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CHRONICLE OF THE REVOLUTIONLIBERTY! THE SERIESPERSPECTIVES ON LIBERTYTHE ROAD TO REVOLUTION GAME
LIBERTY - THE AMERICAN REVOLUTION

TEACHER'S GUIDE
THE RELUCTANT REVOLUTIONARIES
DECLARATION OF INDEPENDENCE
THE CONTINENTAL ARMY AND WASHINGTON
FACTORS THAT HANDICAPPED THE BRITISH
REVOLUTIONARY WAR MUSIC
CREATING A NEW NATION
TEACHER'S GUIDE
Lesson 1: THE RELUCTANT REVOLUTIONARIES
Examine why colonists, many of whom felt strong loyalties to the British Empire, decided to abandon their mother country and join the Revolution.

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The Reluctant Revolutionaries

Overview:

Typically, students see the American Revolution as an organized rebellion of a united people against an oppressive tyrannical government. In their estimation, the colonies simply rose up and gained their independence.

In actuality, the truth was far from that. Although many colonists felt they deserved the equal rights and liberties of those in the mother country, they were not ready or willing to totally break away from the British Empire and start a new nation. In essence, they were "reluctant revolutionaries" who believed they were being denied basic rights and freedoms, but were not ready to take the "big step". Many would agree with the remark of a woman during the conclusion of Episode 1 of Liberty! who stated , "I pray there be some, decent, honorable way to put to an end this conflict, to be once again reconciled with old friends".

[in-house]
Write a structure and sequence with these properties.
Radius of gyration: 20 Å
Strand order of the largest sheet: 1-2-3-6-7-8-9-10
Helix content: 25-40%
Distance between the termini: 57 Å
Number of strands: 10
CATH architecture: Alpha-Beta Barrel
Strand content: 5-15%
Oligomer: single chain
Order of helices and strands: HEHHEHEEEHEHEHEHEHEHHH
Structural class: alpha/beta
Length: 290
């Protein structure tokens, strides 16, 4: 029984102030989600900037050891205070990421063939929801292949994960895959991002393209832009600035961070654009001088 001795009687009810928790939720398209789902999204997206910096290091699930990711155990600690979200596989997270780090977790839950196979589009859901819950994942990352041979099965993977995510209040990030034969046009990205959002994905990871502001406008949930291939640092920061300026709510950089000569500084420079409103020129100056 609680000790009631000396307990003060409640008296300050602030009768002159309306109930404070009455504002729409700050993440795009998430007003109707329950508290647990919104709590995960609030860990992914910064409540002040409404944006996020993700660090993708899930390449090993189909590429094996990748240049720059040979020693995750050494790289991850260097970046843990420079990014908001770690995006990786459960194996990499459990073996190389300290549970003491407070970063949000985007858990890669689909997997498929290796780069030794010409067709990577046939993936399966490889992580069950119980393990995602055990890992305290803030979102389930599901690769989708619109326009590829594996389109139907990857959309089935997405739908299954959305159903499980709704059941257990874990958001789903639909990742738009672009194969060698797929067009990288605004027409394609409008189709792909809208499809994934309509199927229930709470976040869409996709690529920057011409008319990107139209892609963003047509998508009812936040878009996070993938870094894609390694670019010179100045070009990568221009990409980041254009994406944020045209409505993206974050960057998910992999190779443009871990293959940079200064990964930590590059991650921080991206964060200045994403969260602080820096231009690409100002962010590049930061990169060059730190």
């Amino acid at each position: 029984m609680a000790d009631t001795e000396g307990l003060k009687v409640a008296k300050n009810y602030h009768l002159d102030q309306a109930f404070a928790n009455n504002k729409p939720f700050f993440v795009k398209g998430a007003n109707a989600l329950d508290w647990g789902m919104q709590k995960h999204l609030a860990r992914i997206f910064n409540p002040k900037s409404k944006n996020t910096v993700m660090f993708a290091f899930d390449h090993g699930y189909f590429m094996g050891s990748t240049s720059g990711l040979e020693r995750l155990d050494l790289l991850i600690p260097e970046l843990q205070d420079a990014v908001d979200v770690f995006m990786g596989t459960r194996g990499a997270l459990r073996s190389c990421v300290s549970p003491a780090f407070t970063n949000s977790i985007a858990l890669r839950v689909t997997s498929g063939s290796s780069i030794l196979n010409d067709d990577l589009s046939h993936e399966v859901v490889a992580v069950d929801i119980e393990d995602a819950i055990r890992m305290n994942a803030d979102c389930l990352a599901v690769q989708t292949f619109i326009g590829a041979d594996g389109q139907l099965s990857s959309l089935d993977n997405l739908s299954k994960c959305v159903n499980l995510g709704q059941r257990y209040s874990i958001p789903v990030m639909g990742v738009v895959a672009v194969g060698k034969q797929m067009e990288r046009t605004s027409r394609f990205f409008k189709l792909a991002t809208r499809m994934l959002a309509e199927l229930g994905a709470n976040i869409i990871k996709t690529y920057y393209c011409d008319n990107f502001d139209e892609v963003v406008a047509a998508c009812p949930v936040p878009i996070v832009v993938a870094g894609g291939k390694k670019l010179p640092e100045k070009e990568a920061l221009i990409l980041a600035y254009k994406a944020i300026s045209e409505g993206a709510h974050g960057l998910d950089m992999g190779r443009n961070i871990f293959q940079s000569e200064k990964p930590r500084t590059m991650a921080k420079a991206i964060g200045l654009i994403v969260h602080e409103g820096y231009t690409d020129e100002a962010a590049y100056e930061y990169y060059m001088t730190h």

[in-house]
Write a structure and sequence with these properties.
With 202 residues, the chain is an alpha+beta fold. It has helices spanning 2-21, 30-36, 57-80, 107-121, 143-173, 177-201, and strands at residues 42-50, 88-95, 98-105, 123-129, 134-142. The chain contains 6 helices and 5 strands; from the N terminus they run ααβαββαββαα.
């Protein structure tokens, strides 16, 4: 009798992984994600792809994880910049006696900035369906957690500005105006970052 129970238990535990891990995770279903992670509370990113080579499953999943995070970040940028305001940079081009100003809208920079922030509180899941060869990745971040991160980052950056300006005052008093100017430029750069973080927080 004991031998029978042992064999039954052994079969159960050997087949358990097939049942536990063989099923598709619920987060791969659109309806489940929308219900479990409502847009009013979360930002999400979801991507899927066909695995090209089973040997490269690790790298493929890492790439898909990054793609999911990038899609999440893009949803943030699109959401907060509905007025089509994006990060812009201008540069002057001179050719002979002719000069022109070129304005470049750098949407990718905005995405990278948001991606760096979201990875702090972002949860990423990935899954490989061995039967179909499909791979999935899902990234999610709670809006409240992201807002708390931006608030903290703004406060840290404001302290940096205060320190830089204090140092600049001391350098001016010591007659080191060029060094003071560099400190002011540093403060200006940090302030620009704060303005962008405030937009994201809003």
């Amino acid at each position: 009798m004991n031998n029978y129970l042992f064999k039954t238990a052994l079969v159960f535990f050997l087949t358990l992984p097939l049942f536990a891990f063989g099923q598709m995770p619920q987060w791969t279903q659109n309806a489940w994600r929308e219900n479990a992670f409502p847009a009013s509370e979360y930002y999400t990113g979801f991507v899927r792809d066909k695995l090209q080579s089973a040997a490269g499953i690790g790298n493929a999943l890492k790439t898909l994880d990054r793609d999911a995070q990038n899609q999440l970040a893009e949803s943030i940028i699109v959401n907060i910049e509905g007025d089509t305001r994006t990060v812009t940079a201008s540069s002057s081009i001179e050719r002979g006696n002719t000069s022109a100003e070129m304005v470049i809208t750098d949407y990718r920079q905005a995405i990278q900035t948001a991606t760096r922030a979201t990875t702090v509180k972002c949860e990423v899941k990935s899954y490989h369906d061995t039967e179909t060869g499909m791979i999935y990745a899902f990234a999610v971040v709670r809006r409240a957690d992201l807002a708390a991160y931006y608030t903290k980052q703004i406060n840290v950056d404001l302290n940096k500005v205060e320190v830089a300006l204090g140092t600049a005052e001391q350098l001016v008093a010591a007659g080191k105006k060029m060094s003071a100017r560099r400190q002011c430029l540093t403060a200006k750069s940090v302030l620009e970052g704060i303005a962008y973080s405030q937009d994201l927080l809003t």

In this lesson, students will explore what drove these reluctant colonists to become "revolutionaries."

Related Resources for the Lesson

In this lesson, students will use the following resources:

1. Episodes 1 & 2 of Liberty! Teachers may elect to have their classes watch the entire length of both episodes, or may wish to "pick and choose" specific instances and portions which highlight the theme of the lesson.

Suggested segments include:

Episode 1: The Reluctant Revolutionaries
a. Chapter 2 Insignificant Provincials (6:40-15:06)
b. Chapter 7 The Cockpit (47:01-51:41)
c. Chapter 8 The Fleet Arrives in Boston (51:42-53:22)

Episode 2: Blows Must Decide
a. Chapter 2 The Continental Congress Meets (5:16-11:48)
b. Chapter 3 A Sense of Betrayal (11:50-13:53)
c. Chapter 8 An Olive Branch (33:02-39:00)
d. Chapter 9 Common Sense (39:01-43:59)
e. Chapter 10 Independence (44:00-53:35)

2. The text of Common Sense by Thomas Paine http://www.bartleby.com/133/

3. Related Questions PDF (for students)

4 . Related Questions PDF (for teachers, with answers)

Relevant standards

This lesson addresses the following national content standards established by the Mid-Continent Research for Education and Learning (McREL)
http://www.mcrel.org/standards-benchmarks/

US History:

  • Understands the social, political, and religious aspects of the American Revolution (e.g., decisions leading to crisis of revolution, efforts by Parliament and colonies to prevent revolution, the ideas of different religions and the economic and social differences between Loyalists, Patriots and neutrals)
  • Understands the events that contributed to the outbreak of the American Revolution and the earliest armed conflict of the Revolutionary War (e.g., opponents and defenders of England's new imperial policy, the idea of "taxation without representation" and the battle at Lexington and Concord)